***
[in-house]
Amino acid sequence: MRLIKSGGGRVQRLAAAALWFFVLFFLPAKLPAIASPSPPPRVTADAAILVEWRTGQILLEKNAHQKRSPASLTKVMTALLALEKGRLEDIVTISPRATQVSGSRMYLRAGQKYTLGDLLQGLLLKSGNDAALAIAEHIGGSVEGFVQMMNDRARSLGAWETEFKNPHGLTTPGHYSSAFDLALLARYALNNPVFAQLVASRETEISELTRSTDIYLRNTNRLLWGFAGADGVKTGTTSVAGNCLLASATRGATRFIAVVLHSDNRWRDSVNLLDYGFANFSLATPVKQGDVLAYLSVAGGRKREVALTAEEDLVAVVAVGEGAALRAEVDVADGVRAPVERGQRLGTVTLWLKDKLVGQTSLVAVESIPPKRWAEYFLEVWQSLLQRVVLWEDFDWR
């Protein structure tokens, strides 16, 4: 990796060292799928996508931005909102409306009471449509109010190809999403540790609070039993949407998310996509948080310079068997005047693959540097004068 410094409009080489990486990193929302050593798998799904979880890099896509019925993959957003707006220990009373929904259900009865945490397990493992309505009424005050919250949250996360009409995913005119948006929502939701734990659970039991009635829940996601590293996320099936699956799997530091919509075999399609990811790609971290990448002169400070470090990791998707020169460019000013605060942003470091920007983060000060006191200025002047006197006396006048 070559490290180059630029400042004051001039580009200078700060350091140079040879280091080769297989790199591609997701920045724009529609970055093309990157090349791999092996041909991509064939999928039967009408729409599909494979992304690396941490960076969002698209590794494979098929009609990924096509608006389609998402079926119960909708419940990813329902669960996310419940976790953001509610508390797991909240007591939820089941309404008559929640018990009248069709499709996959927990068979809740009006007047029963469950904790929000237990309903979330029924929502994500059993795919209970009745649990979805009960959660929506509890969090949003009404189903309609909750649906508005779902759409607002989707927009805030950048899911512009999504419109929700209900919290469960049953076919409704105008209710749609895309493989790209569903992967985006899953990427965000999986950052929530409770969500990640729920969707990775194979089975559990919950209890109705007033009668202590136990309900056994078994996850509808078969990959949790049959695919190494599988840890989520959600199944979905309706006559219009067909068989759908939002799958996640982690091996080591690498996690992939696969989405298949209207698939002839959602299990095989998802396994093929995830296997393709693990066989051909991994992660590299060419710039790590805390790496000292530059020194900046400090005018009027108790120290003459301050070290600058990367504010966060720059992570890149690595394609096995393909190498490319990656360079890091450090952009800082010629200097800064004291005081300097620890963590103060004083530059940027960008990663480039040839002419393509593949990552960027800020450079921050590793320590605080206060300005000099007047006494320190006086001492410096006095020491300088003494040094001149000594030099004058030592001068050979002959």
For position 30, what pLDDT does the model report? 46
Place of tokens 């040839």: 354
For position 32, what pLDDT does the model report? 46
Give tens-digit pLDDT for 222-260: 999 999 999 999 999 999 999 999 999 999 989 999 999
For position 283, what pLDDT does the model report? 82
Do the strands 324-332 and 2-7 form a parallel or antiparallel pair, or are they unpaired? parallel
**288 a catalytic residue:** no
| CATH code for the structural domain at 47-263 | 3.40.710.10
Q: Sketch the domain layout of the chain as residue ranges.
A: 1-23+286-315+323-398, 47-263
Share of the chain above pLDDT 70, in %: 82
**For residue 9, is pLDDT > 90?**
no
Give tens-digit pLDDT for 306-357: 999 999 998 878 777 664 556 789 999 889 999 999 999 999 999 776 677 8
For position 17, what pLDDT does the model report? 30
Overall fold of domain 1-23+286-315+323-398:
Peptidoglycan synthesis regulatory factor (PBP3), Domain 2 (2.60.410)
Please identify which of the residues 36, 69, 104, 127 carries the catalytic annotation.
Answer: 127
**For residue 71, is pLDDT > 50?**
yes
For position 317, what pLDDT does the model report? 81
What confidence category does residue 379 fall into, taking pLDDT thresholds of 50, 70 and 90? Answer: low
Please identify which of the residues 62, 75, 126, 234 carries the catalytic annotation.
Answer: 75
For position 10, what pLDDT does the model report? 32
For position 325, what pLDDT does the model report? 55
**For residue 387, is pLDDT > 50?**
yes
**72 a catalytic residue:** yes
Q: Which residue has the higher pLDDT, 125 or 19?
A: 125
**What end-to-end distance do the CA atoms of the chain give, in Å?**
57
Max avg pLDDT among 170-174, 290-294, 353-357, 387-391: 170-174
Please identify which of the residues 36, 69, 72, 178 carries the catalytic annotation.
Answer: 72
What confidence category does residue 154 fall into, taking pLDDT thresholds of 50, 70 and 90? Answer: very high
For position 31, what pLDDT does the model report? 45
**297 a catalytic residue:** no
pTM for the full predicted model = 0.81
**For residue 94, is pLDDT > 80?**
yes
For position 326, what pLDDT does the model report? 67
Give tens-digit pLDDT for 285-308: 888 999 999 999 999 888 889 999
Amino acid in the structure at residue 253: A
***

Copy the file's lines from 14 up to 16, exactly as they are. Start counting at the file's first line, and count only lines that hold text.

Share of the chain above pLDDT 70, in %: 82
**For residue 9, is pLDDT > 90?**
no